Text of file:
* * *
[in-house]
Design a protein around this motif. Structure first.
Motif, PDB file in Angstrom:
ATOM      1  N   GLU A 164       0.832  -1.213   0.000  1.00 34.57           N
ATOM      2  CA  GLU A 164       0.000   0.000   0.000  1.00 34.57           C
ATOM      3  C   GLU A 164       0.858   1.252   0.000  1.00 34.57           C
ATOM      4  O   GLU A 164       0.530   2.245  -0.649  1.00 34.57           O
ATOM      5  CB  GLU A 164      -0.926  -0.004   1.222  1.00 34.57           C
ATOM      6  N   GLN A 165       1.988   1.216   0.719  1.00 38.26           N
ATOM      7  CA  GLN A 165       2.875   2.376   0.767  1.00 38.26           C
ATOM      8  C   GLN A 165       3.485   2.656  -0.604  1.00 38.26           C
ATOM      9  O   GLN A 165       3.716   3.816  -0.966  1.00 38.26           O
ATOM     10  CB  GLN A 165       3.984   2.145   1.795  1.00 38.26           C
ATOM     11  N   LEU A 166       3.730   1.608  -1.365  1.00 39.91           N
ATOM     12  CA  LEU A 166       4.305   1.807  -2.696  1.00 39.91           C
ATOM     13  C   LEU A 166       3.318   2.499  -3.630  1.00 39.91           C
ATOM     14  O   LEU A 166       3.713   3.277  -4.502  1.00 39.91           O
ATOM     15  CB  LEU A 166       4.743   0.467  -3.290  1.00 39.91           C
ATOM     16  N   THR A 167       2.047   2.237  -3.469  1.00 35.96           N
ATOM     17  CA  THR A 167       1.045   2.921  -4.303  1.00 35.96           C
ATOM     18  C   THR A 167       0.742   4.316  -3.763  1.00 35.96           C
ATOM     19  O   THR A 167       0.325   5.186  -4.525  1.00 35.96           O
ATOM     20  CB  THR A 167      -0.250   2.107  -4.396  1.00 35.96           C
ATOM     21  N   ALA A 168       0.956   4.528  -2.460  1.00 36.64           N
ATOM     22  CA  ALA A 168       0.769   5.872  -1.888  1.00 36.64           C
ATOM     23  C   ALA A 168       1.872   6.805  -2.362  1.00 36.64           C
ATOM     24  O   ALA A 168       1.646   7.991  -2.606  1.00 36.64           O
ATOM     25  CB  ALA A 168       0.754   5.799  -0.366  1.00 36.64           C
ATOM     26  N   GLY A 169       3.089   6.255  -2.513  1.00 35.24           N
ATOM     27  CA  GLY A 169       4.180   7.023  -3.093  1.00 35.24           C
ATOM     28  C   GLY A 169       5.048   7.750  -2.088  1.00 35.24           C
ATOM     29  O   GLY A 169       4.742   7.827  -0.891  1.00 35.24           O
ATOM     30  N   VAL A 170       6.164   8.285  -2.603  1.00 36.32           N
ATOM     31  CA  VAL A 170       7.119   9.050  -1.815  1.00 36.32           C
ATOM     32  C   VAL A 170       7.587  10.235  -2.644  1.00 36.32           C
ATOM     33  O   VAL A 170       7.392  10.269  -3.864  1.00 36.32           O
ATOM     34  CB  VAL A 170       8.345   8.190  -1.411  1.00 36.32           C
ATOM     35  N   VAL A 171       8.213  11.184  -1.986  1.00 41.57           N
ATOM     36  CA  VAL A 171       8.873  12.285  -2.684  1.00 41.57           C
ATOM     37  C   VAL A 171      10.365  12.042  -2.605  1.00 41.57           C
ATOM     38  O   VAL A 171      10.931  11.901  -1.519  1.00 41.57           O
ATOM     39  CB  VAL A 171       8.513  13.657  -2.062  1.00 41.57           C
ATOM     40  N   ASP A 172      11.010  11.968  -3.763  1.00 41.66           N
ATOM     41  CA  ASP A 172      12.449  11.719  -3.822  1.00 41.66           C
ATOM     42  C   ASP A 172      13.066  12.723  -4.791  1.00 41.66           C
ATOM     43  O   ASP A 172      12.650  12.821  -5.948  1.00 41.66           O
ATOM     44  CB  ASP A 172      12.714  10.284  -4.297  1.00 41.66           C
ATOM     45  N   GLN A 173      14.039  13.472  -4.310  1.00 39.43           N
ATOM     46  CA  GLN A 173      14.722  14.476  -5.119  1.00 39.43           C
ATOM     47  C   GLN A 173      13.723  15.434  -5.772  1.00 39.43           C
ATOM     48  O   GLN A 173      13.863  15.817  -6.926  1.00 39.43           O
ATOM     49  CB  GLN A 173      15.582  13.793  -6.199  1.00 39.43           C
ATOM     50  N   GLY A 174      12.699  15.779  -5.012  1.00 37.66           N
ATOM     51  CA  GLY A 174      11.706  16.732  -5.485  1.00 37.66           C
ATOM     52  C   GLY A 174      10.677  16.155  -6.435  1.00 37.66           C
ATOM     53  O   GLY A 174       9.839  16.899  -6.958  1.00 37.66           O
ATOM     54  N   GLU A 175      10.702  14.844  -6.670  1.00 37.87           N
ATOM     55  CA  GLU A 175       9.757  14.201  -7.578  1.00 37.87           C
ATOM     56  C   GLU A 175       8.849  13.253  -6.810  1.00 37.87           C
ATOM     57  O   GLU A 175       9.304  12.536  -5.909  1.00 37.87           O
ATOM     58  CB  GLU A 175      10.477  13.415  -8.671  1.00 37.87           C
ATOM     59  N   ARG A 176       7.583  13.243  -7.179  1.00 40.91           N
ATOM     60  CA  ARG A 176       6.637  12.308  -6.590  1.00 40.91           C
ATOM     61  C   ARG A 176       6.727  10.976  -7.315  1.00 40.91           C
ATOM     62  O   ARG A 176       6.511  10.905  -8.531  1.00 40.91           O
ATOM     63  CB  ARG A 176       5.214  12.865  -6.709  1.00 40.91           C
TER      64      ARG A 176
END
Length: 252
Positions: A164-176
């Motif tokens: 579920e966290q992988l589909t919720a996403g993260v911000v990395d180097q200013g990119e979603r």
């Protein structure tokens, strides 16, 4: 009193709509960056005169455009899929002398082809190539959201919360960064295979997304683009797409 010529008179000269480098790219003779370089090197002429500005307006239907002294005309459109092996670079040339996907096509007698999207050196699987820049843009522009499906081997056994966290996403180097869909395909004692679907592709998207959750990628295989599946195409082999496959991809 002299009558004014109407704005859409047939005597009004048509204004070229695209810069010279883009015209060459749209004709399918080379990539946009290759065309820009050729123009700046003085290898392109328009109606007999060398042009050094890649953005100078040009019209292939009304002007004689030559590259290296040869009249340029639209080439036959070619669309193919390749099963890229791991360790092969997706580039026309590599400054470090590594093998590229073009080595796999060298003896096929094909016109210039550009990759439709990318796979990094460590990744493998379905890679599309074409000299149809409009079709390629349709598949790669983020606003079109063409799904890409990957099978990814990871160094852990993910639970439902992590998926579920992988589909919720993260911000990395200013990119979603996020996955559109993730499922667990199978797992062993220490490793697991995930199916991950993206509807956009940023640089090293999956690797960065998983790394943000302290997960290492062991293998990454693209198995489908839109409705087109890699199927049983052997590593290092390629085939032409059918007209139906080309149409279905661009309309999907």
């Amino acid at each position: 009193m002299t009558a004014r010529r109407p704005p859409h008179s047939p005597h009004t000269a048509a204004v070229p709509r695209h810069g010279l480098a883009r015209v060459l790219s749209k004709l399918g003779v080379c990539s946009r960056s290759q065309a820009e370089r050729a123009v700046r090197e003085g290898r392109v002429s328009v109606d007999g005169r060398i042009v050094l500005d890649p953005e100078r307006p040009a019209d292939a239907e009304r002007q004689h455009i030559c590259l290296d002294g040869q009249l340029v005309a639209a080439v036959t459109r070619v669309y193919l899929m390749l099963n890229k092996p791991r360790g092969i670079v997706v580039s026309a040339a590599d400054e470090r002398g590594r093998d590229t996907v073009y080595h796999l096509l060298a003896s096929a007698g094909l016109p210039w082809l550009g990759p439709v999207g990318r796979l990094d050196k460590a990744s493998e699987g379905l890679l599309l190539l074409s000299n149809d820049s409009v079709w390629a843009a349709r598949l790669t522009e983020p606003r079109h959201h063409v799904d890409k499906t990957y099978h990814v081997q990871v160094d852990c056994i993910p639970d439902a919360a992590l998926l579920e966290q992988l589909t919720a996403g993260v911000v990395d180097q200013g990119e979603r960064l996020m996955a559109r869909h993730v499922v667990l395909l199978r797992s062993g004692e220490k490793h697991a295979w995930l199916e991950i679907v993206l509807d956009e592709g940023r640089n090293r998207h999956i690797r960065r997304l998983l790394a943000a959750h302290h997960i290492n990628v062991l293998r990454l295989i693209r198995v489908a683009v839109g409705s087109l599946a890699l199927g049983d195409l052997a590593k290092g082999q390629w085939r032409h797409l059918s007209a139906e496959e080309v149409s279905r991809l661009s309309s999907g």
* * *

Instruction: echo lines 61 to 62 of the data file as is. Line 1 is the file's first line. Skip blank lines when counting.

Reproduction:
ATOM     58  CB  GLU A 175      10.477  13.415  -8.671  1.00 37.87           C
ATOM     59  N   ARG A 176       7.583  13.243  -7.179  1.00 40.91           N